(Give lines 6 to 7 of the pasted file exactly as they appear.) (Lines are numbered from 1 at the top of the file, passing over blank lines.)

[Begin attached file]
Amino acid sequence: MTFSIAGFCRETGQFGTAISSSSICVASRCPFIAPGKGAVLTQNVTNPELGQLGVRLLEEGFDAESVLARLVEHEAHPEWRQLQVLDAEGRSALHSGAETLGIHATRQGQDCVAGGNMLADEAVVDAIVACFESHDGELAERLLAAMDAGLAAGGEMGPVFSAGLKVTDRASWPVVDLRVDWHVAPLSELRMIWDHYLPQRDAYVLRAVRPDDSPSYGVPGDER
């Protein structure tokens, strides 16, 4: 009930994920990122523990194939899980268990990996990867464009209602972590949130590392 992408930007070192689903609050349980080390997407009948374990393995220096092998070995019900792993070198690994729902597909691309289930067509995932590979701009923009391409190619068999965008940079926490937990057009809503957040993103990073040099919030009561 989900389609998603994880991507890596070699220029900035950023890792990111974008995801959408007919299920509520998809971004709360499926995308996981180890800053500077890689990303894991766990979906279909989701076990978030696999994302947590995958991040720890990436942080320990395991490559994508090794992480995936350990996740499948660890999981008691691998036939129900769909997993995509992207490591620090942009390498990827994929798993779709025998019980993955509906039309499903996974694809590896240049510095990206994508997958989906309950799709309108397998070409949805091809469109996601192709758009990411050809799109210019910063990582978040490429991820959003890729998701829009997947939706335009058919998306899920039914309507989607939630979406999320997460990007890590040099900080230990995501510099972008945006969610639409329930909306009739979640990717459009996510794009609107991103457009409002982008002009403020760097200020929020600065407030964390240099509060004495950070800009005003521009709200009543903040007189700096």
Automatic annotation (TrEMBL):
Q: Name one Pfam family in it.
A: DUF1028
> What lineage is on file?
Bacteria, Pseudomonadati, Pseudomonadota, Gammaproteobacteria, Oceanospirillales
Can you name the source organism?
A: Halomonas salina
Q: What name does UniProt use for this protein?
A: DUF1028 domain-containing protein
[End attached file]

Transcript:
> What lineage is on file?
Bacteria, Pseudomonadati, Pseudomonadota, Gammaproteobacteria, Oceanospirillales